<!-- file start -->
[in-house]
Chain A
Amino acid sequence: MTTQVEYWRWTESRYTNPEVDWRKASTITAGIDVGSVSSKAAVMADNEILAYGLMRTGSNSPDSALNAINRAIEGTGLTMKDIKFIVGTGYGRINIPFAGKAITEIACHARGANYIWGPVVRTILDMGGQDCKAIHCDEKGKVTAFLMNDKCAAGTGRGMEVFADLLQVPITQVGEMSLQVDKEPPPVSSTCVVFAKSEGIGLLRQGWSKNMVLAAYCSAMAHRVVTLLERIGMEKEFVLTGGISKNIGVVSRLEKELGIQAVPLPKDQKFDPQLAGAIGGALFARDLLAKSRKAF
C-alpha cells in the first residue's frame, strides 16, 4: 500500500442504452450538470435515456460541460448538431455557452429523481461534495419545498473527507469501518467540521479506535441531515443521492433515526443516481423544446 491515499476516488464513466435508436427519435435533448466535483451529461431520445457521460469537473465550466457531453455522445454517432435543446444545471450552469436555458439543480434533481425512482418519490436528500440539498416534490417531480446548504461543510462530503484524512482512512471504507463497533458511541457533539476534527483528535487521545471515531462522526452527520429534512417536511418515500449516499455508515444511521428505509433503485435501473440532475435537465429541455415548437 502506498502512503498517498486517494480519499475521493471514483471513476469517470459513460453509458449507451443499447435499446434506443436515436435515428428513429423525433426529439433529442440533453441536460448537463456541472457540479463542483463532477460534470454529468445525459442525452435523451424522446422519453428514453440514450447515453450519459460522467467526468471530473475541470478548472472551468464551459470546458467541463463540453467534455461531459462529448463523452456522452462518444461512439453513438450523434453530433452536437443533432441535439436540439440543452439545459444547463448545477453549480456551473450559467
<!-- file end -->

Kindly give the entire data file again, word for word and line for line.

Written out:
[in-house]
Chain A
Amino acid sequence: MTTQVEYWRWTESRYTNPEVDWRKASTITAGIDVGSVSSKAAVMADNEILAYGLMRTGSNSPDSALNAINRAIEGTGLTMKDIKFIVGTGYGRINIPFAGKAITEIACHARGANYIWGPVVRTILDMGGQDCKAIHCDEKGKVTAFLMNDKCAAGTGRGMEVFADLLQVPITQVGEMSLQVDKEPPPVSSTCVVFAKSEGIGLLRQGWSKNMVLAAYCSAMAHRVVTLLERIGMEKEFVLTGGISKNIGVVSRLEKELGIQAVPLPKDQKFDPQLAGAIGGALFARDLLAKSRKAF
C-alpha cells in the first residue's frame, strides 16, 4: 500500500442504452450538470435515456460541460448538431455557452429523481461534495419545498473527507469501518467540521479506535441531515443521492433515526443516481423544446 491515499476516488464513466435508436427519435435533448466535483451529461431520445457521460469537473465550466457531453455522445454517432435543446444545471450552469436555458439543480434533481425512482418519490436528500440539498416534490417531480446548504461543510462530503484524512482512512471504507463497533458511541457533539476534527483528535487521545471515531462522526452527520429534512417536511418515500449516499455508515444511521428505509433503485435501473440532475435537465429541455415548437 502506498502512503498517498486517494480519499475521493471514483471513476469517470459513460453509458449507451443499447435499446434506443436515436435515428428513429423525433426529439433529442440533453441536460448537463456541472457540479463542483463532477460534470454529468445525459442525452435523451424522446422519453428514453440514450447515453450519459460522467467526468471530473475541470478548472472551468464551459470546458467541463463540453467534455461531459462529448463523452456522452462518444461512439453513438450523434453530433452536437443533432441535439436540439440543452439545459444547463448545477453549480456551473450559467